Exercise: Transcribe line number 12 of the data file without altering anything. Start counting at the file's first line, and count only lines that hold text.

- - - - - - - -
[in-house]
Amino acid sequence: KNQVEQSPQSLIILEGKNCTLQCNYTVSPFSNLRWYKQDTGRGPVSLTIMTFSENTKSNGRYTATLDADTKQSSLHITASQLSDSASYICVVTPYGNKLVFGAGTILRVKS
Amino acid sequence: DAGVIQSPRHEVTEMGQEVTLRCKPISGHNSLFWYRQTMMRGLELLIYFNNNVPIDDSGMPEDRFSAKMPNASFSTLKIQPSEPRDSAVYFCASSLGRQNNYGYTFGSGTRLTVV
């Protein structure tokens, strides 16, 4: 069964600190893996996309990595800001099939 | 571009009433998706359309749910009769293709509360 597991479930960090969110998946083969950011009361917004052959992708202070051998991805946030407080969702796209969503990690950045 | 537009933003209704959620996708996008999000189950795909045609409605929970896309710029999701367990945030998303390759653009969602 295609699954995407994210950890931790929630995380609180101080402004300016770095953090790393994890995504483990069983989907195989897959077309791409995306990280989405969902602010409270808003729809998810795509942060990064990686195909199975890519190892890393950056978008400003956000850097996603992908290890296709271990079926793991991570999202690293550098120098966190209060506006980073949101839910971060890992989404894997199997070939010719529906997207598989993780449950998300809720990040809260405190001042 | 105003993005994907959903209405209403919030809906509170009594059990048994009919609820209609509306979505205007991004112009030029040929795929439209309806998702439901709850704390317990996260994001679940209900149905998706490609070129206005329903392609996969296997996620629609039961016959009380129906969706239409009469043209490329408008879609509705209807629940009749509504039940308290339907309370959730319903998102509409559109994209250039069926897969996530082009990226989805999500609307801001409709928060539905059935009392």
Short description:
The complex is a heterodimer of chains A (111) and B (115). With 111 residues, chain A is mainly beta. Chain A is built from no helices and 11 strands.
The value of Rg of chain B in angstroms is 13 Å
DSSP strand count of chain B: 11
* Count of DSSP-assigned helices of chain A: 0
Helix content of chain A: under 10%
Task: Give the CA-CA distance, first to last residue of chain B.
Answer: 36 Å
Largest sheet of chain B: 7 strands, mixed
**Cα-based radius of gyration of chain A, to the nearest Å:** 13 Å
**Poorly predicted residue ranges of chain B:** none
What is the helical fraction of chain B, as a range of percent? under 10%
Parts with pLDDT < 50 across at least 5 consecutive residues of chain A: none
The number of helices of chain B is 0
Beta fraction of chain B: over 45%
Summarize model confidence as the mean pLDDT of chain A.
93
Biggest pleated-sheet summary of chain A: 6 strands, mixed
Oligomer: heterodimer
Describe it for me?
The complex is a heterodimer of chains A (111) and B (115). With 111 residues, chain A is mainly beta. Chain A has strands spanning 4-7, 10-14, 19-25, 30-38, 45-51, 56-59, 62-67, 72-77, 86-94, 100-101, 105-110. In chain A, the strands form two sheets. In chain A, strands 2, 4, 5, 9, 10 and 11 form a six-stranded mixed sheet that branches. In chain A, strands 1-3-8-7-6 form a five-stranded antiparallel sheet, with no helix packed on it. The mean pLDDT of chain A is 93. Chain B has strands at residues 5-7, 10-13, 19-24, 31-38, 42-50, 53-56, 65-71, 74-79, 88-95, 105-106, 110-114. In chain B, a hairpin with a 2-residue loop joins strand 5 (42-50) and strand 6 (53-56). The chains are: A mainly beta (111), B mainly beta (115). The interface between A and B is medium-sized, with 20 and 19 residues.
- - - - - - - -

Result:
Answer: 36 Å